Review: Laura Marling – Once I Was An Eagle

Laura Marling continues to cement her reputation for beautiful songwriting, which she effortlessly interweaves with lyrics touching on melancholy in 'Once I was an Eagle'. Detatched, yet earnest, it's a sublime example of a folk album.

I am currently wearing my Laura Marling t-shirt. I felt this important to admit – to establish from the off, if you will, that this review will not be an entirely (or remotely) objective affair. But I will try my hardest. Now I’ve got that off my chest (not literally, the shirt’s still on) we can begin.

Since releasing her first album in 2008 at the age of 18, Marling’s precociously insightful music has earned her a steadily growing fanbase. Each album released has shown a beautiful inherent maturity, managing to retain a distinct style whilst still pushing progressively forward.

Once I Was an Eagle, Marling’s fourth album, is even more skilful, coherent and – well – classy, than the three that came before it. It’s a fluid, accomplished and spellbinding album in fact, that has a profound sense both of detachment, and fearlessly honest self-exploration. Each song, most noticeably the opening four, melts seamlessly into the next, with the exception of the interlude that separates the two halves of the album. Yes, there’s an interlude, I told you it was classy.


Opening track, 'Take The Night Off', shows just how much Marling’s vibrato has improved, as her voice soars and glides effortless between octaves. Try singing along, and you will realise quite how extraordinary her range is. I learned the hard way.

'I Was An Eagle', the track on which the album title was of course based, defies the sacharine direction that a lot of folk music seems to be heading in. “I will not be a victim of circumstance” she insists, “Changes, circumstance, or any man who could get his dirty little hands on me.”

As she proceeds into glorious wailings of falsetto, the comparisons with Joni Mitchell are unavoidable. Like Mitchell, whom she has professed in several interviews to have grown up listening to, Marling follows no rules with regards to melody.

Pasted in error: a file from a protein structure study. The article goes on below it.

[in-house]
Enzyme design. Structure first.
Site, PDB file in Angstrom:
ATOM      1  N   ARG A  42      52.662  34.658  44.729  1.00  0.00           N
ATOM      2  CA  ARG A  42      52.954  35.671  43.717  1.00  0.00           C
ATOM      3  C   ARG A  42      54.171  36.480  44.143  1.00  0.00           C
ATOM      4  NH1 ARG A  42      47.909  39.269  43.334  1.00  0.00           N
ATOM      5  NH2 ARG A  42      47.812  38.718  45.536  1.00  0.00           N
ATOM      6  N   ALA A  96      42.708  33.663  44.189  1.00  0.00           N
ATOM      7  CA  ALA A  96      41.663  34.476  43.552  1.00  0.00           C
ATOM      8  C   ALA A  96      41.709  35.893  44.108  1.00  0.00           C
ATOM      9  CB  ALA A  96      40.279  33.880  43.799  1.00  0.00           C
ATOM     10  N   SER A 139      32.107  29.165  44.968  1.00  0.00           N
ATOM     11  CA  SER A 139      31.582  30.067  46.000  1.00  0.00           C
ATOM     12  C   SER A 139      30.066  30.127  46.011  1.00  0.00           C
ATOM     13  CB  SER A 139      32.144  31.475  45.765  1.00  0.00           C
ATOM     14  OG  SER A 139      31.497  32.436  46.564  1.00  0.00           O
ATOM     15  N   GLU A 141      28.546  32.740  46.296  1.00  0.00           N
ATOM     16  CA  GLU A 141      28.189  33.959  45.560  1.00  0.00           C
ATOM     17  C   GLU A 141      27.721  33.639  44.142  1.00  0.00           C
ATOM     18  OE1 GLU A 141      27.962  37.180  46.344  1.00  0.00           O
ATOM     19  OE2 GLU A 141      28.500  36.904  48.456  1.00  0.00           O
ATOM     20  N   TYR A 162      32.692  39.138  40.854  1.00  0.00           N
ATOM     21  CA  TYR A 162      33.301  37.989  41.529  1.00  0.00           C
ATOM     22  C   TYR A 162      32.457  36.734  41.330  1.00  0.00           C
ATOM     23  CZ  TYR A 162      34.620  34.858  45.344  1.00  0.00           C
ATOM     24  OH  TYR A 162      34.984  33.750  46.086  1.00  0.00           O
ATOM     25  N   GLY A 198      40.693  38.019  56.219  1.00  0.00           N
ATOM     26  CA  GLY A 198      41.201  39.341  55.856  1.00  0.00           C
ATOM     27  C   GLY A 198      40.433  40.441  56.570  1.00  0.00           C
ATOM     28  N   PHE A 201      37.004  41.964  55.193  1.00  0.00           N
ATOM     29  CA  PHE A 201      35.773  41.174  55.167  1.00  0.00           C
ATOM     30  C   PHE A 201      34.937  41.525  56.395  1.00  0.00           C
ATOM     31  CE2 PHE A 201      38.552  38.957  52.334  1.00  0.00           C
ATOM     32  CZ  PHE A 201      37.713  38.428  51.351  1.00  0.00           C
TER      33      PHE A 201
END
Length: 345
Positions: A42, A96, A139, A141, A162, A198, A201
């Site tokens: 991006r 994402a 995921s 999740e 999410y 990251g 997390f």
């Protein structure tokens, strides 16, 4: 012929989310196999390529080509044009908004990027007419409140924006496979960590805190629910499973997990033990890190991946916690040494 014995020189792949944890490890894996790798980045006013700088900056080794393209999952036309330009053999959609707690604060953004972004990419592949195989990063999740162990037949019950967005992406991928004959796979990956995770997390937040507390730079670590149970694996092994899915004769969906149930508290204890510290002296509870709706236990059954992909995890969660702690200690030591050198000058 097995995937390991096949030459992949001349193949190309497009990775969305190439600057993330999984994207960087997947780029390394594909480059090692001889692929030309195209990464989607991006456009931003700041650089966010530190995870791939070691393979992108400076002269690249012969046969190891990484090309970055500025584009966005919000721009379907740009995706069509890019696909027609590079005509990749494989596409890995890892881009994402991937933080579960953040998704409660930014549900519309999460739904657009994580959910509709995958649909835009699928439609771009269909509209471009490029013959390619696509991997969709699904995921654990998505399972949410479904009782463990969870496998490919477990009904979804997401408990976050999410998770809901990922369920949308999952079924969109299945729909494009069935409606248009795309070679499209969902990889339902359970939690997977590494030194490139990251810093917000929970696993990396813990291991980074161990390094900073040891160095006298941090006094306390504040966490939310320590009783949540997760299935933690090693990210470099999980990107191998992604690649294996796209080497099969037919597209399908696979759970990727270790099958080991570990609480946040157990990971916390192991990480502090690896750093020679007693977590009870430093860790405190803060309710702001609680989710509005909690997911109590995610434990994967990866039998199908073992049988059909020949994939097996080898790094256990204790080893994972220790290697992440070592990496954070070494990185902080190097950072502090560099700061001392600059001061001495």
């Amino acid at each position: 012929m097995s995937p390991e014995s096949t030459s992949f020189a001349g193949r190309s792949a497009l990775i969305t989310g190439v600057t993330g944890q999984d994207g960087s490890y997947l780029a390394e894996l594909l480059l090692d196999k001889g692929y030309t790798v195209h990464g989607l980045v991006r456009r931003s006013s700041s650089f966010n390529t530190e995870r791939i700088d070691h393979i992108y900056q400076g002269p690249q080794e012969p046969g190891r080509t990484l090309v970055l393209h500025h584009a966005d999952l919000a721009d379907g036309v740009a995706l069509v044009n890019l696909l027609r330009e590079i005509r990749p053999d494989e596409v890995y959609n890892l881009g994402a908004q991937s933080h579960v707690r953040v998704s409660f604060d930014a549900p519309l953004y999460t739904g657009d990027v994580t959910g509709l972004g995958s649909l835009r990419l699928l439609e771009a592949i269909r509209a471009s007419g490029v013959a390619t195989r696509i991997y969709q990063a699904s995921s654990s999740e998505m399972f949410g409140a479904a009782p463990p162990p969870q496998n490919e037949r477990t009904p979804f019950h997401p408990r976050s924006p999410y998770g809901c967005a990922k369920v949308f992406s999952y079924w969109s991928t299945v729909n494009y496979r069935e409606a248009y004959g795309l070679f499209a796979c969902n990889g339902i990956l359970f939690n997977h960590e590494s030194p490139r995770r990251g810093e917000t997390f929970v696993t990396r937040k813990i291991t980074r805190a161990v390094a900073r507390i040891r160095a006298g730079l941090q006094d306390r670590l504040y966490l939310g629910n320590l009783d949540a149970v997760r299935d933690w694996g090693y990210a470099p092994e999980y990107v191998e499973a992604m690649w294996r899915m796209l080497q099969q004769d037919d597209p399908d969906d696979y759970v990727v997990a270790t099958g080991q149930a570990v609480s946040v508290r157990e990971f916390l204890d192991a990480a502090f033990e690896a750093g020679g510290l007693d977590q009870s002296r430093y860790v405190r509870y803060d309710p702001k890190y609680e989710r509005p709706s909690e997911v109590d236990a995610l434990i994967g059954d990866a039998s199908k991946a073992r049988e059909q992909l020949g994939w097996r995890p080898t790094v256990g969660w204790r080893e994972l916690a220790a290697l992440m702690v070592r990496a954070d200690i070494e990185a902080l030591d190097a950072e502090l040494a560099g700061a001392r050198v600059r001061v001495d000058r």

It’s a fluid, accomplished and spellbinding album in fact, that has a profound sense both of detachment, and fearlessly honest self-exploration.

In fact, when she does attempt to adhere to a more straightforward melody, in ‘Once’, for example, it seems almost wrong. Although the jarring ‘80s synth and drumbeat that kick in half way through that song don’t exactly help either.

'Master Hunter', the fifth track on the album, toys with a country style before heading in a more hauntingly sinister direction, as Marling sings along to an upbeat melody - “I nearly put a bullet in my brain when the rhythm took me in… Wrestling with the rope from darkness is no fucking life that I would choose.” And the darkness continues right up to the end, as she almost speaks the refrain in the final track "You weren't my curse. Thank you naivety for failing me again" as if so taken with her own disdain that retaining a tune pales into insignificance.

Once I Was An Eagle is a darker, more complex album than the three that came before it, and, as is typical of Marling, leaves you pondering its aloofness. It is difficult to tell how much of Marling herself can be salvaged from the beautiful but impenetrable lyrics. But this doesn't matter, it’s moving enough left as a beautiful abstract. A wonderful fourth album that surely cements Marling’s future status as folk legend.

Oh, and she was born in 1990. I’ll just let that sink in.

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